Hackers in Lebanon have been able to use smartphones to spy on and steal data from Android phone users in at least 21 countries.
According to Reuters, this is the first known large-scale state hacking of phones.
Mobile security firm Lookout and digital rights group Electronic Frontier Foundation revealed that the hackers – backed by Lebanon’s General Directorate of General Security (GDGS) – have been engaging in these cyberattacks since at least 2012.
The hackers, named “Dark Caracal” by the researchers, used phishing attacks to get Android users to download fake versions of encrypted messaging apps. The malware then takes control of the smartphones, doing everything from taking photos with the front or back camera to activating the phone’s microphone to secretly record conversations.
With that in mind, hackers primarily focused on government officials, military targets, utilities, financial institutions, manufacturing companies and defense contractors. Targets were mainly in Lebanon and its surrounding region, including Syria and Saudi Arabia. However, some victims were located in five European countries: Russia, the United States, China, Vietnam and South Korea.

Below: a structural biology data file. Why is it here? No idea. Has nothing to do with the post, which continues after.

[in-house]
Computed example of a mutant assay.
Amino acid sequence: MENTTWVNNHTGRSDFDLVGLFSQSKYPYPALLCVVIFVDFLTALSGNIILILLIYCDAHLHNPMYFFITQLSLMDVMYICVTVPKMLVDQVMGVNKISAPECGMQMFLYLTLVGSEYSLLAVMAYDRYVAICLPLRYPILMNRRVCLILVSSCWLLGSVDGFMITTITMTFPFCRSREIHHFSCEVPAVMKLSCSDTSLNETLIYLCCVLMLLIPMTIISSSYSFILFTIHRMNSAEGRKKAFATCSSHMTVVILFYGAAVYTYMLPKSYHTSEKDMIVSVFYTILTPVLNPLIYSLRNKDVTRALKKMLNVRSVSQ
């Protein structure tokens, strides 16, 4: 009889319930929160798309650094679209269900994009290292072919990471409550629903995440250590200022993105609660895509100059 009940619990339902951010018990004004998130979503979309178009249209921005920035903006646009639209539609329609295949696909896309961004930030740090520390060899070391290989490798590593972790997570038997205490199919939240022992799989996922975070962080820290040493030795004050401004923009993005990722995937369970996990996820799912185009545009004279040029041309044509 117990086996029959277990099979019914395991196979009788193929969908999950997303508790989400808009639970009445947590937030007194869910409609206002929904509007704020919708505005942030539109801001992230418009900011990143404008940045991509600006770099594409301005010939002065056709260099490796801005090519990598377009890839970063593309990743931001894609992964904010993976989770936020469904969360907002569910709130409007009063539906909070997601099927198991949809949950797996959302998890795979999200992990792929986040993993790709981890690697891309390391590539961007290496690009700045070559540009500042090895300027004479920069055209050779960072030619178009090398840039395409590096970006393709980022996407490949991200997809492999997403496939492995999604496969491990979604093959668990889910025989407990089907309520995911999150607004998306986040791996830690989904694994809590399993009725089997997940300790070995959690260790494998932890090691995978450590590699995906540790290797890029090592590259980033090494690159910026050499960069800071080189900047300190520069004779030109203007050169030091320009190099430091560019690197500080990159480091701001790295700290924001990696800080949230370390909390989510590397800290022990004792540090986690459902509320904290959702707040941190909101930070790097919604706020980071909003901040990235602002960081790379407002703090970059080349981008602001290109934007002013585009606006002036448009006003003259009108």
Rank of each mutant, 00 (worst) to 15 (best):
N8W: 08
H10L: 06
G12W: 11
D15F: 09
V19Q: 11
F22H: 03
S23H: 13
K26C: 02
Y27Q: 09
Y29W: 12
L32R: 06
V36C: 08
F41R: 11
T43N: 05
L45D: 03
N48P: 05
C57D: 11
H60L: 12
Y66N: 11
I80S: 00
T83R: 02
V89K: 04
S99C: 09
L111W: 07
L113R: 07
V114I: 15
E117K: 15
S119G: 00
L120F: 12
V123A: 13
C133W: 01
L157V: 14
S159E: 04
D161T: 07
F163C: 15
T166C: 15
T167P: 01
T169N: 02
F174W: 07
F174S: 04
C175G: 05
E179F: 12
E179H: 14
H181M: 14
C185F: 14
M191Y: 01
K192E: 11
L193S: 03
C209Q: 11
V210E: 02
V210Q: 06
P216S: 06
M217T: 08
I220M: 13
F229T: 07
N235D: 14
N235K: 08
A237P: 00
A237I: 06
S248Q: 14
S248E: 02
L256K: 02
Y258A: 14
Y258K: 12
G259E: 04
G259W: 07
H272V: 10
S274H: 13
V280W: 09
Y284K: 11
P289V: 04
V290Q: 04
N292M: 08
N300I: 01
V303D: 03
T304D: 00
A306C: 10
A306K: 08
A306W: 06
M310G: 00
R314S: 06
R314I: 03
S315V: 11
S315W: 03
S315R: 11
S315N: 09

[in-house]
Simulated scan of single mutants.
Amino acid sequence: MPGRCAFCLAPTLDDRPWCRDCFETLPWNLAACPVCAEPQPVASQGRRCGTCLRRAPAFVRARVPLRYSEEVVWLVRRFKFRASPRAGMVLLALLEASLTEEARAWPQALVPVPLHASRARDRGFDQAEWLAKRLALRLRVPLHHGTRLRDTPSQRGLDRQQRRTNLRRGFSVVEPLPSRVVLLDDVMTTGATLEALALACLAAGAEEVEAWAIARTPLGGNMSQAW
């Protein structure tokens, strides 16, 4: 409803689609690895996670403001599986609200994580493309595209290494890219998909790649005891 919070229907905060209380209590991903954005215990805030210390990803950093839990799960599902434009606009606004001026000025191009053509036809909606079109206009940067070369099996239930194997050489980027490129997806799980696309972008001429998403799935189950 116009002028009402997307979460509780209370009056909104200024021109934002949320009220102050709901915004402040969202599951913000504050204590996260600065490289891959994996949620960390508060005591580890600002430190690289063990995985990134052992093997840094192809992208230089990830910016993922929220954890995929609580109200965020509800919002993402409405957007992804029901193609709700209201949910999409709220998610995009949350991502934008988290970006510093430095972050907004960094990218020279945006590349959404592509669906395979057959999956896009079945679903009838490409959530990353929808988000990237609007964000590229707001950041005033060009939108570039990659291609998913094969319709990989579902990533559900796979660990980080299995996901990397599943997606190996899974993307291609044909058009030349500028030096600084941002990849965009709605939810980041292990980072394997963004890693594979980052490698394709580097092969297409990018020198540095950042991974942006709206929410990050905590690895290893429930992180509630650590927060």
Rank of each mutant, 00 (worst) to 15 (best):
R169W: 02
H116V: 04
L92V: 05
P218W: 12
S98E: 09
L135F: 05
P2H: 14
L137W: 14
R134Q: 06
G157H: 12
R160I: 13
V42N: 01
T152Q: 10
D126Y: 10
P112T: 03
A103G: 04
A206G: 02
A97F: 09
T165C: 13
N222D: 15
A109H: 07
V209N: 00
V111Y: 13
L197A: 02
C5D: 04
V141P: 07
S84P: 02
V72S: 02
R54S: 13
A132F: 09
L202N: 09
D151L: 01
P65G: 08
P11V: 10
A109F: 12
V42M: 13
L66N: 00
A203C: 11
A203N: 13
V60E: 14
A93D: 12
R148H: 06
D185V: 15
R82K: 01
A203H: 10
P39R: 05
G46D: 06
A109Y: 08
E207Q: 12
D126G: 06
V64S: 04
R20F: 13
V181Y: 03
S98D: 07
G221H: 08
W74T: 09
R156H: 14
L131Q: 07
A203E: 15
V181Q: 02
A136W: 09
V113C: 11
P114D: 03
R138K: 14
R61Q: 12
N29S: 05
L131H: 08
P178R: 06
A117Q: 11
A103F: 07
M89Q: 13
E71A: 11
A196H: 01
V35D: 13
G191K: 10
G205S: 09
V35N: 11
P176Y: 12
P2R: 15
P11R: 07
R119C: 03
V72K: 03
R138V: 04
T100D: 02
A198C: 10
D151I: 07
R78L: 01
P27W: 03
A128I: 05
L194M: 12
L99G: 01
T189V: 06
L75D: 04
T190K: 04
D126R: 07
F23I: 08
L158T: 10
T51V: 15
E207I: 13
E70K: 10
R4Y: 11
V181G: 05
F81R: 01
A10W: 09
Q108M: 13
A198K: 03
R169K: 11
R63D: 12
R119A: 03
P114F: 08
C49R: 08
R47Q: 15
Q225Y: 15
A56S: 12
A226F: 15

“Looking at the servers, who had registered it when, in conjunction with being able to identify the stolen content of victims: That gave us a pretty good indication of how long they had been operating,” said Michael Flossman, Lookout's lead security researcher.
Major General Abbas Ibrahim, director general of GDGS, has yet to see the report, but said: “General Security does not have these types of capabilities. We wish we had these capabilities.”
Luckily, researchers informed Google, the developer of the Android operating system, about the attacks in late 2017. None of the apps associated with the attack were available on the Google Play Store, but a company spokesman said that Google Play Protect, the company’s security system, has been updated to protect users from the malicious apps, as well as remove any malware from impacted phones.